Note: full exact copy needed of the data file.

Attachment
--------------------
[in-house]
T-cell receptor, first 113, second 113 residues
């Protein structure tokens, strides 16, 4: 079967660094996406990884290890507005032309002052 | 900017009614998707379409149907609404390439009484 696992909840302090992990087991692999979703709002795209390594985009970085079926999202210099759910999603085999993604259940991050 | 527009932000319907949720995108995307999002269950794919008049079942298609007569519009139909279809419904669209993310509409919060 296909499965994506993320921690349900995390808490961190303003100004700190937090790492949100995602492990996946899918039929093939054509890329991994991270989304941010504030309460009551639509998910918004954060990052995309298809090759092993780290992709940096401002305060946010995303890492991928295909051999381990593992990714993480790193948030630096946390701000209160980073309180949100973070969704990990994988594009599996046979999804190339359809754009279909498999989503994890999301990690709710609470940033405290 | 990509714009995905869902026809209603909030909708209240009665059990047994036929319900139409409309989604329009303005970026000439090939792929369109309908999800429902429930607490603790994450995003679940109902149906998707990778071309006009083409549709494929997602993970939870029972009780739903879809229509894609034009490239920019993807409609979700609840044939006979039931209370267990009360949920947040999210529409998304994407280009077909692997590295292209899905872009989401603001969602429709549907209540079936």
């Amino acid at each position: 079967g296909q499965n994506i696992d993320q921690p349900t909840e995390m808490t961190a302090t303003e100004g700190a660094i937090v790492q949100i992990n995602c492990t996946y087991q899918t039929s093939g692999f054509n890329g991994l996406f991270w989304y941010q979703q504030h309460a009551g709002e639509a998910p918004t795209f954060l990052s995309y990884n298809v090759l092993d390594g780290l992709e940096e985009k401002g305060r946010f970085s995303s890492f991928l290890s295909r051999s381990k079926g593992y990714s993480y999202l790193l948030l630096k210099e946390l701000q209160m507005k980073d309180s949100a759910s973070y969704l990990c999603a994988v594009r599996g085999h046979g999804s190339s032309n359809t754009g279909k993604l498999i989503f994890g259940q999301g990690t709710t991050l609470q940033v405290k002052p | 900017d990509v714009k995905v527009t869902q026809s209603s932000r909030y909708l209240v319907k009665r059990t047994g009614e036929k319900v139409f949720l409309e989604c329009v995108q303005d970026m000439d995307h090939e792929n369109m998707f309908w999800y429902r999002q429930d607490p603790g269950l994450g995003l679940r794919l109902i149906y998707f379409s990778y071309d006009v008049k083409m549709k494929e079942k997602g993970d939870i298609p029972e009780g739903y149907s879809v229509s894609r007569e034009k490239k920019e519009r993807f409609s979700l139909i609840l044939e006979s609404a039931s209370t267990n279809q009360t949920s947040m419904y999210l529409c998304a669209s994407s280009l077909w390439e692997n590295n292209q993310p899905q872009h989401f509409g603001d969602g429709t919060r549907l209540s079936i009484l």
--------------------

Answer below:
[in-house]
T-cell receptor, first 113, second 113 residues
């Protein structure tokens, strides 16, 4: 079967660094996406990884290890507005032309002052 | 900017009614998707379409149907609404390439009484 696992909840302090992990087991692999979703709002795209390594985009970085079926999202210099759910999603085999993604259940991050 | 527009932000319907949720995108995307999002269950794919008049079942298609007569519009139909279809419904669209993310509409919060 296909499965994506993320921690349900995390808490961190303003100004700190937090790492949100995602492990996946899918039929093939054509890329991994991270989304941010504030309460009551639509998910918004954060990052995309298809090759092993780290992709940096401002305060946010995303890492991928295909051999381990593992990714993480790193948030630096946390701000209160980073309180949100973070969704990990994988594009599996046979999804190339359809754009279909498999989503994890999301990690709710609470940033405290 | 990509714009995905869902026809209603909030909708209240009665059990047994036929319900139409409309989604329009303005970026000439090939792929369109309908999800429902429930607490603790994450995003679940109902149906998707990778071309006009083409549709494929997602993970939870029972009780739903879809229509894609034009490239920019993807409609979700609840044939006979039931209370267990009360949920947040999210529409998304994407280009077909692997590295292209899905872009989401603001969602429709549907209540079936």
């Amino acid at each position: 079967g296909q499965n994506i696992d993320q921690p349900t909840e995390m808490t961190a302090t303003e100004g700190a660094i937090v790492q949100i992990n995602c492990t996946y087991q899918t039929s093939g692999f054509n890329g991994l996406f991270w989304y941010q979703q504030h309460a009551g709002e639509a998910p918004t795209f954060l990052s995309y990884n298809v090759l092993d390594g780290l992709e940096e985009k401002g305060r946010f970085s995303s890492f991928l290890s295909r051999s381990k079926g593992y990714s993480y999202l790193l948030l630096k210099e946390l701000q209160m507005k980073d309180s949100a759910s973070y969704l990990c999603a994988v594009r599996g085999h046979g999804s190339s032309n359809t754009g279909k993604l498999i989503f994890g259940q999301g990690t709710t991050l609470q940033v405290k002052p | 900017d990509v714009k995905v527009t869902q026809s209603s932000r909030y909708l209240v319907k009665r059990t047994g009614e036929k319900v139409f949720l409309e989604c329009v995108q303005d970026m000439d995307h090939e792929n369109m998707f309908w999800y429902r999002q429930d607490p603790g269950l994450g995003l679940r794919l109902i149906y998707f379409s990778y071309d006009v008049k083409m549709k494929e079942k997602g993970d939870i298609p029972e009780g739903y149907s879809v229509s894609r007569e034009k490239k920019e519009r993807f409609s979700l139909i609840l044939e006979s609404a039931s209370t267990n279809q009360t949920s947040m419904y999210l529409c998304a669209s994407s280009l077909w390439e692997n590295n292209q993310p899905q872009h989401f509409g603001d969602g429709t919060r549907l209540s079936i009484l």